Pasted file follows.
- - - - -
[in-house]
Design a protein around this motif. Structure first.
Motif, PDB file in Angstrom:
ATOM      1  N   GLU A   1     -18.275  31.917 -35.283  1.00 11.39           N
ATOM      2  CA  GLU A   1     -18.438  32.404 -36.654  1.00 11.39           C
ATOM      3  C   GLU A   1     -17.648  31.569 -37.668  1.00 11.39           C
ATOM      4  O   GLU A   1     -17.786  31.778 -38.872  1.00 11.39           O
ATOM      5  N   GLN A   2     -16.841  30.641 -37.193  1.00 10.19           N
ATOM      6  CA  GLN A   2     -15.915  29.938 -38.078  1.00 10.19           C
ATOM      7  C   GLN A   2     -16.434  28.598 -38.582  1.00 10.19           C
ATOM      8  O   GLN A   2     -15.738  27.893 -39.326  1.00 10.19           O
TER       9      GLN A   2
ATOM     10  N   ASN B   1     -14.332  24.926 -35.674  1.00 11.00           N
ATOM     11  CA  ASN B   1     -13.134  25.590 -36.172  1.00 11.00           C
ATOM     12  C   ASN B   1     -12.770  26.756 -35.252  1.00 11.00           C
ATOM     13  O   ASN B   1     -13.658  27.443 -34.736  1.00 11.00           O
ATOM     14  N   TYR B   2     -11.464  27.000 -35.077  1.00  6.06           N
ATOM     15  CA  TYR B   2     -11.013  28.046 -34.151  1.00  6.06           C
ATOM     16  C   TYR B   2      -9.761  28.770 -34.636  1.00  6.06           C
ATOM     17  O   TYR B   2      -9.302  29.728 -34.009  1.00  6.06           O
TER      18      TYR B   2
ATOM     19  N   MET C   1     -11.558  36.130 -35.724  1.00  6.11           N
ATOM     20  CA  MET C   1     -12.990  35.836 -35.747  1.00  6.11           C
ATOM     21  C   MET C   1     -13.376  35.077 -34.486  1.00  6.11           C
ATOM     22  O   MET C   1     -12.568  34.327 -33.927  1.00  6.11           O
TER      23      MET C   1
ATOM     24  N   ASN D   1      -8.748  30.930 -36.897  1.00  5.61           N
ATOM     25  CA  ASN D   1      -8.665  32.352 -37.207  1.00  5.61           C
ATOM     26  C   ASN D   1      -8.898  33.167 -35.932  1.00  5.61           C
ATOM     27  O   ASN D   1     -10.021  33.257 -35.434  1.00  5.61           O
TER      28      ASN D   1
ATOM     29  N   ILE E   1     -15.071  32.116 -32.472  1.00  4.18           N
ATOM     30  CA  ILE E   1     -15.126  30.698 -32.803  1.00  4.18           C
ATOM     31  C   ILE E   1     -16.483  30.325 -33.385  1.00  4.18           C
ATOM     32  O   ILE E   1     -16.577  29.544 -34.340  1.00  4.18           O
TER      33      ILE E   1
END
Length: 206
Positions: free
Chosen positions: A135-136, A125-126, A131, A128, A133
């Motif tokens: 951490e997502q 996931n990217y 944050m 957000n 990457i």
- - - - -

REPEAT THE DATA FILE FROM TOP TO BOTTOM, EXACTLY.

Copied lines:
[in-house]
Design a protein around this motif. Structure first.
Motif, PDB file in Angstrom:
ATOM      1  N   GLU A   1     -18.275  31.917 -35.283  1.00 11.39           N
ATOM      2  CA  GLU A   1     -18.438  32.404 -36.654  1.00 11.39           C
ATOM      3  C   GLU A   1     -17.648  31.569 -37.668  1.00 11.39           C
ATOM      4  O   GLU A   1     -17.786  31.778 -38.872  1.00 11.39           O
ATOM      5  N   GLN A   2     -16.841  30.641 -37.193  1.00 10.19           N
ATOM      6  CA  GLN A   2     -15.915  29.938 -38.078  1.00 10.19           C
ATOM      7  C   GLN A   2     -16.434  28.598 -38.582  1.00 10.19           C
ATOM      8  O   GLN A   2     -15.738  27.893 -39.326  1.00 10.19           O
TER       9      GLN A   2
ATOM     10  N   ASN B   1     -14.332  24.926 -35.674  1.00 11.00           N
ATOM     11  CA  ASN B   1     -13.134  25.590 -36.172  1.00 11.00           C
ATOM     12  C   ASN B   1     -12.770  26.756 -35.252  1.00 11.00           C
ATOM     13  O   ASN B   1     -13.658  27.443 -34.736  1.00 11.00           O
ATOM     14  N   TYR B   2     -11.464  27.000 -35.077  1.00  6.06           N
ATOM     15  CA  TYR B   2     -11.013  28.046 -34.151  1.00  6.06           C
ATOM     16  C   TYR B   2      -9.761  28.770 -34.636  1.00  6.06           C
ATOM     17  O   TYR B   2      -9.302  29.728 -34.009  1.00  6.06           O
TER      18      TYR B   2
ATOM     19  N   MET C   1     -11.558  36.130 -35.724  1.00  6.11           N
ATOM     20  CA  MET C   1     -12.990  35.836 -35.747  1.00  6.11           C
ATOM     21  C   MET C   1     -13.376  35.077 -34.486  1.00  6.11           C
ATOM     22  O   MET C   1     -12.568  34.327 -33.927  1.00  6.11           O
TER      23      MET C   1
ATOM     24  N   ASN D   1      -8.748  30.930 -36.897  1.00  5.61           N
ATOM     25  CA  ASN D   1      -8.665  32.352 -37.207  1.00  5.61           C
ATOM     26  C   ASN D   1      -8.898  33.167 -35.932  1.00  5.61           C
ATOM     27  O   ASN D   1     -10.021  33.257 -35.434  1.00  5.61           O
TER      28      ASN D   1
ATOM     29  N   ILE E   1     -15.071  32.116 -32.472  1.00  4.18           N
ATOM     30  CA  ILE E   1     -15.126  30.698 -32.803  1.00  4.18           C
ATOM     31  C   ILE E   1     -16.483  30.325 -33.385  1.00  4.18           C
ATOM     32  O   ILE E   1     -16.577  29.544 -34.340  1.00  4.18           O
TER      33      ILE E   1
END
Length: 206
Positions: free
Chosen positions: A135-136, A125-126, A131, A128, A133
């Motif tokens: 951490e997502q 996931n990217y 944050m 957000n 990457i």